Will Your Presentation Influence A Decision?
Date: July 13, 2016
Planning a presentation is not an easy task and can be a lengthy one at that. There are many factors which can influence whether your speech goes down a treat or ends up being an absolute disaster.
If you’re reading this and haven’t yet given your almighty speech, then you’re doing things in the right order. You cannot rush the preparation of a successful speech.
The ultimate goal is to have the audience admire you, gleefully listen to your words and then hit right in their hearts with your words. But more importantly, you want your speech to evoke emotion and a definite conclusion.
So how will your presentation influence your audience’s thinking and how can you choose words for the best effect?
Understand The Objectives Yourself
You love to speak and find it much more giving to inspire others than sit at a desk or lead an unproductive life. There’s an overwhelming yearning to change people’s lives and leave a positive tattoo on earth.
These are some of the best – if not, the best – traits a speaker can have; they care about who their addressees are.
Once understanding that you want to influence someone’s thoughts and not just be the entertainment for 30 minutes, it’s time to recognise what it is exactly that you want people to take away with them.
Here are some questions to ask yourself:
What Is The Point Of Your Presentation?
Everything needs to have purpose, otherwise it vanishes into thin air or has presence of a tumbleweed.
Think back to when you first chose your topic. Why did you want to talk about these issues? (Other than just finding it interesting).
The best speakers are those who have the audience at the heart of every topic, sentence and even word. You cannot be selfish when delivering your speech and always know that people may digest what you’re saying. In which case, never lie or invent ideas to sound intelligent or win new friendships, as it will only lead to them distrusting you.
What Do You Want Your Audience To Do After Your Presentation?
It’s all well and good them feeling motivated and energised by your talk, but that does little else than fill the moment. To genuinely influence a decision, you have to affect your listeners’ mind after your presentation too.
Think about their car ride home. They’re summarising your speech with their passenger. Criticising and complimenting your ability to leave them with something.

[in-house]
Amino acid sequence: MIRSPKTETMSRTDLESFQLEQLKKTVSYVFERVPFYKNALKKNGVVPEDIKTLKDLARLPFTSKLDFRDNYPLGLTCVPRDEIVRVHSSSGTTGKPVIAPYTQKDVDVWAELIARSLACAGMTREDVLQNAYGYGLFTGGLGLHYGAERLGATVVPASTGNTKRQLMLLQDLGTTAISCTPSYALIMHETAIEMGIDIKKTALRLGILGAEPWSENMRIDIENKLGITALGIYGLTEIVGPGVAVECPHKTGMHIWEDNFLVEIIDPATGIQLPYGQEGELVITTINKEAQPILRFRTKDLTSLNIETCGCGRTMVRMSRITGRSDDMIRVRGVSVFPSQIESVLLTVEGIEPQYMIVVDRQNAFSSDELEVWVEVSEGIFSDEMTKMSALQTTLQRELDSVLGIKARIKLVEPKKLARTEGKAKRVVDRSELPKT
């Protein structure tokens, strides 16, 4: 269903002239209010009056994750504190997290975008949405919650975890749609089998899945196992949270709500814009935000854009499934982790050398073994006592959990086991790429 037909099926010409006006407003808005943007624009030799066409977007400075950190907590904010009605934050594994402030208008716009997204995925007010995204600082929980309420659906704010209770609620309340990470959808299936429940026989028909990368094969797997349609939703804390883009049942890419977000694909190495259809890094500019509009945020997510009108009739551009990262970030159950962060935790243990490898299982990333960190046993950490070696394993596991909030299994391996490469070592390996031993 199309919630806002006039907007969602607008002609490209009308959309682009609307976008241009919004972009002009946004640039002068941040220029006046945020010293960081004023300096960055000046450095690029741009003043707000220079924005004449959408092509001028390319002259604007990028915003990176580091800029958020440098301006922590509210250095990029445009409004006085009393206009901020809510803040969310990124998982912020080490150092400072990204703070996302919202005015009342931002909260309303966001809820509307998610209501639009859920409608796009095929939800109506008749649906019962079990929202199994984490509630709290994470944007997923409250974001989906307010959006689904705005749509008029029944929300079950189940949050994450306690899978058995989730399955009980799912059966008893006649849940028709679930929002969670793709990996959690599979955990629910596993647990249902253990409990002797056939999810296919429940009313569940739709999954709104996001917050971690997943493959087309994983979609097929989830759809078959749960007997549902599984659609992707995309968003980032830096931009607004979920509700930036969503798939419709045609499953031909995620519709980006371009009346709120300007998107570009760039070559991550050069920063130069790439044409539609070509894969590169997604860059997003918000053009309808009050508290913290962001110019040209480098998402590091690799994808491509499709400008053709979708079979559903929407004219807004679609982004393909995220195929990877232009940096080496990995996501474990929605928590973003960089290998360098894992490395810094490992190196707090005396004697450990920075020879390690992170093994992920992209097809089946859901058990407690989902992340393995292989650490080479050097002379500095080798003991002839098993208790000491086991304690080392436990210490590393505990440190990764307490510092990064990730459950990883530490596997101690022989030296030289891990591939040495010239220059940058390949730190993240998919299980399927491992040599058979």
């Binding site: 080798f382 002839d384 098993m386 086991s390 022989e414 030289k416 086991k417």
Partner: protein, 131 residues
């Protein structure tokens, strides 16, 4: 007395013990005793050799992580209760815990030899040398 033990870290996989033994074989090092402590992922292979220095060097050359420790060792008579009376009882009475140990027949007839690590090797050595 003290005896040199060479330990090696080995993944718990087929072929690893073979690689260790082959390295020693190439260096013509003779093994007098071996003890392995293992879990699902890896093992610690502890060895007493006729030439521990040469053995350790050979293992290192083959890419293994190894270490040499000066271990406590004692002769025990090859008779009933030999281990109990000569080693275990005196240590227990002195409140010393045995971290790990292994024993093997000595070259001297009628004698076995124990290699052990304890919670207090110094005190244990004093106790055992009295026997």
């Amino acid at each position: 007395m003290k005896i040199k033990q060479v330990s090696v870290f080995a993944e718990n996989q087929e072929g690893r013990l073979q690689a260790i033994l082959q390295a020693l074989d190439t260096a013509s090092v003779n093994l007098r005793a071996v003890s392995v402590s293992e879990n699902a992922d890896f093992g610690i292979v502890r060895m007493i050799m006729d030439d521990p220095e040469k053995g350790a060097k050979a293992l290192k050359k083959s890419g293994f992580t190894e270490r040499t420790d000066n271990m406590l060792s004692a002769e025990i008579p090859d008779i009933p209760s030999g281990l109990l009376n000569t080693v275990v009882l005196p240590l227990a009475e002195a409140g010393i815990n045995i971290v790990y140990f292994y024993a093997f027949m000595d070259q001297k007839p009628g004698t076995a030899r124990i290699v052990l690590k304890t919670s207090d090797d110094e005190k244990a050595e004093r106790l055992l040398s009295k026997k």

What is it you want them to be talking about on the way home? Or when people ask for a verdict on your presentation, how will they review you? It’s much easier to answer these two questions in depth, than to become so overwhelmed by the bigger picture.
You can design your presentation in such a way that you genuinely do affect their thoughts and habits the next day, month and following years. Firstly, it has to be on a topic that is relevant and they care about. For example, talking to graduates about the job economy is extremely pertinent to them.
That’s step number one fixed.
Next, you have to focus on the future and the positives. Think about when you watch the news. Nine times out of ten, the reporters are covering a tragedy. You feel disheartened, angry and most of all… useless when you turn the TV off.
You’re being told about so much devastation but there’s nothing you can do about it; that’s such a horrible feeling.
So even if you feel the need to discuss a negative situation, don’t leave people feeling helpless and demotivated. Give them tips and advice on how to solve a situation and look towards the future.
Here are Shapiro International, we interview and connect with many speakers from all around the world who have suffered calamities. Their worlds have been torn apart and they’ve had to start from scratch.
But you will never find one of our speakers with a woe-is-me attitude to their listeners. Though they’ve been through the worst events imaginable, they’ve taken action and changed their lives.
Thus, their audience feel better about themselves and are ready to look towards happiness and success, rather than feeling helpless. Give your listeners hope and inspiration to walk out of the room feeling like a new person. Words are that powerful!
Putting Your Ideas And Theories Into Practice
We have given you the steps to influence a decision, though putting it into practice is hard work.
At the back of your mind, always have the answers to the questions above. That way you won’t ever lose sight of the meaning and purpose of your speech.
It’s easy to go off track and talk about what you care about and what matters to you, but that’s selfish and a waste of time – if it means nothing to listeners.
Present in front of others and even record yourself and watch it back to listen to your content. Does it make sense? Is it personal or does it sound like something copied from a textbook?
Once you’ve analysed the ‘meat’ of your speech, focus on your body language and emotion with speaking. Do you exude honesty and genuine charisma or does everything look and feel forced?
Of course, you will be nervous, but rather than focusing on the hundreds of people in front of you, concentrate on what your heart is telling you and follow it.
It’s not easy, but with perseverance and practice, it becomes possible. Don’t forget to ask for feedback from listeners to, or contact the events organisation for a review on your content.
Speaking to actual members of the audience is a lot more useful, than just guessing how it went.
Good luck and stay focused.